It’s the ultimate challenge for any new car designer. Build a machine that has no natural rivals, breaks fresh ground in design and engineering and sets buyers imagination on fire…
It all sounds straightforward enough, yet the huge complexity of the new car market means that there is a problem…If you can think of it, the chances are, someone else is already building and selling it.
Not so the new 5-Series Gran Turismo says BMW. By distilling the very best of the firm’s most popular models, including coupe, estate and four-wheel drive SUVs, the firm has created the first truly mold-breaking vehicle of 2009.
And when you see the car in the flesh for the first time, you can see why. With its split rear tailgate, arcing roofline and impressive dimensions, it certainly stands out as something decidedly new – even if it is fair to say the styling won’t appeal to everyone. From some angles, the car keeps the muscular stance BMW is celebrated for, from other angles it looks less purposeful.
However, there’s no doubting that it passes the test when it comes to choosing potential rivals. With such diverse influences, it really is hard to choose a car that really can stand toe-to-toe with the newcomer.
Based on the same chassis that underpins both the 5-series and 7-Series and powered by a family of advanced engines, including 3.0-litre diesel and petrol units and a flagship 4.4-litre petrol V8, the 5-Series GT boasts a large cabin and performance to match.
Our 530d test car was trimmed with comfortable leather seats, and offered every conceivable luxury. Chairs in the back can also be slid fore and aft, and can be reclined for comfort. Options include rear TV screens that offer internet access and control of the car’s navigation and entertainment functions as well as conventional broadcast content.
Opening the boot is simple. One button lifts the hatch in its entirety, while another, fitted alongside pops the tailgate like a conventional saloon. In fairness, while the hatch is huge, we felt the smaller opening accessed through the tailgate was too small to be of much use on a regular basis.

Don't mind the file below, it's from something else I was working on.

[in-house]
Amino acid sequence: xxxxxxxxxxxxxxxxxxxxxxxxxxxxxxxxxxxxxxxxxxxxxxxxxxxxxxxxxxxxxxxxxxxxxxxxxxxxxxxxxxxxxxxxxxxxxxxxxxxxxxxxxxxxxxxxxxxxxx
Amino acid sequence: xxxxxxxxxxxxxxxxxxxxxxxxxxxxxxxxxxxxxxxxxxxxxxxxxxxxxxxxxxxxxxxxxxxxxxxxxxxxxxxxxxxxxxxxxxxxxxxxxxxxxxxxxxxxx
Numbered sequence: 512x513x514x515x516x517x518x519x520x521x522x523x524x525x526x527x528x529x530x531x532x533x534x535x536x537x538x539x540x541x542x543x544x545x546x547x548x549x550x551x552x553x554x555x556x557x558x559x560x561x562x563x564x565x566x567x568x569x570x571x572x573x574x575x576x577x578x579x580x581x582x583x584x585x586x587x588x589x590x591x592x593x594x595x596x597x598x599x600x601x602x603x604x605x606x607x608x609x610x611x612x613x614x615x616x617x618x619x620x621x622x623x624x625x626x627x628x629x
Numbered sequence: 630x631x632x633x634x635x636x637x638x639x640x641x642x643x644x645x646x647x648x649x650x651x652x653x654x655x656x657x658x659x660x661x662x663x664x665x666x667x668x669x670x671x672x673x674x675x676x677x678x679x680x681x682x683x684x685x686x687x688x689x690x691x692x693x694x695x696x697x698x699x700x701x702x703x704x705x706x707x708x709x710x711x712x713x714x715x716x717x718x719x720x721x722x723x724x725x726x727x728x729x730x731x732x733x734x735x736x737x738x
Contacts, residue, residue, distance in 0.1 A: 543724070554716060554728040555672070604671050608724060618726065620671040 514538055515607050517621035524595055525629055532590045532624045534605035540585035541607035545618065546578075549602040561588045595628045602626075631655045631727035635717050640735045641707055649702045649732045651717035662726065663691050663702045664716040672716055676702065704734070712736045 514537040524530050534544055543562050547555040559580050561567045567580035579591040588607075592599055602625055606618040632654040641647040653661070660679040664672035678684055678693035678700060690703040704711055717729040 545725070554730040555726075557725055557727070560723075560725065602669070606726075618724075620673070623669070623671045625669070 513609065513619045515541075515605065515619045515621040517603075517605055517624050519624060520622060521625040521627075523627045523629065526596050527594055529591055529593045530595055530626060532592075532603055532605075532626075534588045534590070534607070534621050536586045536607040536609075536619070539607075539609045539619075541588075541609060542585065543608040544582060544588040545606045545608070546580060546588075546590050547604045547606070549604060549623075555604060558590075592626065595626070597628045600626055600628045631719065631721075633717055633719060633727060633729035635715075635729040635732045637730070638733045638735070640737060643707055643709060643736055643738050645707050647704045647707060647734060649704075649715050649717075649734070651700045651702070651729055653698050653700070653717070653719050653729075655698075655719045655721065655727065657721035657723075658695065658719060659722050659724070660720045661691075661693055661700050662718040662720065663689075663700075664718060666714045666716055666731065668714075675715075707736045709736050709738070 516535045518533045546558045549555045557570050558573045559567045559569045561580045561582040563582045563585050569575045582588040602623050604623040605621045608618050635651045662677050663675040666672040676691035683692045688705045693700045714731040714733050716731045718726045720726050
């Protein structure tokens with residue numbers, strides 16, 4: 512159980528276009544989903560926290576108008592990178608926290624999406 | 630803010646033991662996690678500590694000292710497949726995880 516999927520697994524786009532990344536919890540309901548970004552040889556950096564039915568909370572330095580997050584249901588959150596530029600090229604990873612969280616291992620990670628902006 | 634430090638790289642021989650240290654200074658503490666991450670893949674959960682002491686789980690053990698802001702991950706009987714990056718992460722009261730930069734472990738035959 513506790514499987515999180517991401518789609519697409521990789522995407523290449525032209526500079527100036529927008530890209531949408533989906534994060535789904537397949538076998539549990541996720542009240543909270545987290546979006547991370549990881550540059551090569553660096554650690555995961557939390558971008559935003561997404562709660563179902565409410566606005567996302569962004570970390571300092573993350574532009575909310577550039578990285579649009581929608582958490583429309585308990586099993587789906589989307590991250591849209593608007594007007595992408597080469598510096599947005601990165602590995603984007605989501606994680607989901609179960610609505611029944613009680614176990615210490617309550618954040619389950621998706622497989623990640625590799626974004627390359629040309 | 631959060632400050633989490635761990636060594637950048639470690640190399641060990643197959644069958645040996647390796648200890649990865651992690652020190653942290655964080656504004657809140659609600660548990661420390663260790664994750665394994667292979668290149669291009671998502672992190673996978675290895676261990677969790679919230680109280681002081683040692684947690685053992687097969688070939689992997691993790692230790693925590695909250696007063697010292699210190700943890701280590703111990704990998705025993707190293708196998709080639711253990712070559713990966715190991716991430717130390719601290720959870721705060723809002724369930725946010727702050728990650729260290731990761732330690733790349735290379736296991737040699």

Fire the six-cylinder diesel engine, and there is more to admire. The engine really is incredibly smooth and at idle remains almost silent. Connected to an eight-speed automatic gearbox, the 240bhp unit delivers seamless in-gear performance, and a 0-62mph sprint of 6.9 seconds, while still returning an impressive 43.5mpg.
But there are further surprises. BMW’s Dynamic Drive Control offers three chassis settings including comfort, sport and sport plus. In comfort, the ride is almost magic carpet smooth – and to our mind, a step change in terms of its set up for BMW. The car puts refinement and smoothness at the core of its character - even in sport and sport plus modes.
On a winding road, the car remains involving to drive, though we would say there’s less steering feel than we have come to expect – and less immediacy of response from the controls. BMW’s argument is that this evolution is very deliberate – the firm aims to build a rounded, mature model in the 5-Series GT, creating a new benchmark for disparate rivals based on more than outright performance.
The good news is that despite this shift of focus, the Gran Turismo remains a mostly rewarding car to drive. But will families really take to the car in the way BMW hopes? With UK sales volumes expected to reach 2,000 units a year, the expectation is being carefully managed. However, there’s no doubt that what this car represents is crucial to the firm’s future – and from that perspective, it’s hard to underplay just how important each on those sales actually is.
* Price: £40,000 approx
* Engine: 3.0-litre six-cyl, 240bhp
* 0-62mph: 6.9 seconds
* Top Speed: 149mph
* Economy: 43.5mpg
* C02: 173g/km
* Standard equipment: Panoramic roof, sliding rear seats, split
tailgate, keyless start, automatic air * conditioning, adaptive brake
lights, dynamic drive control adaptive suspension
* On sale: Now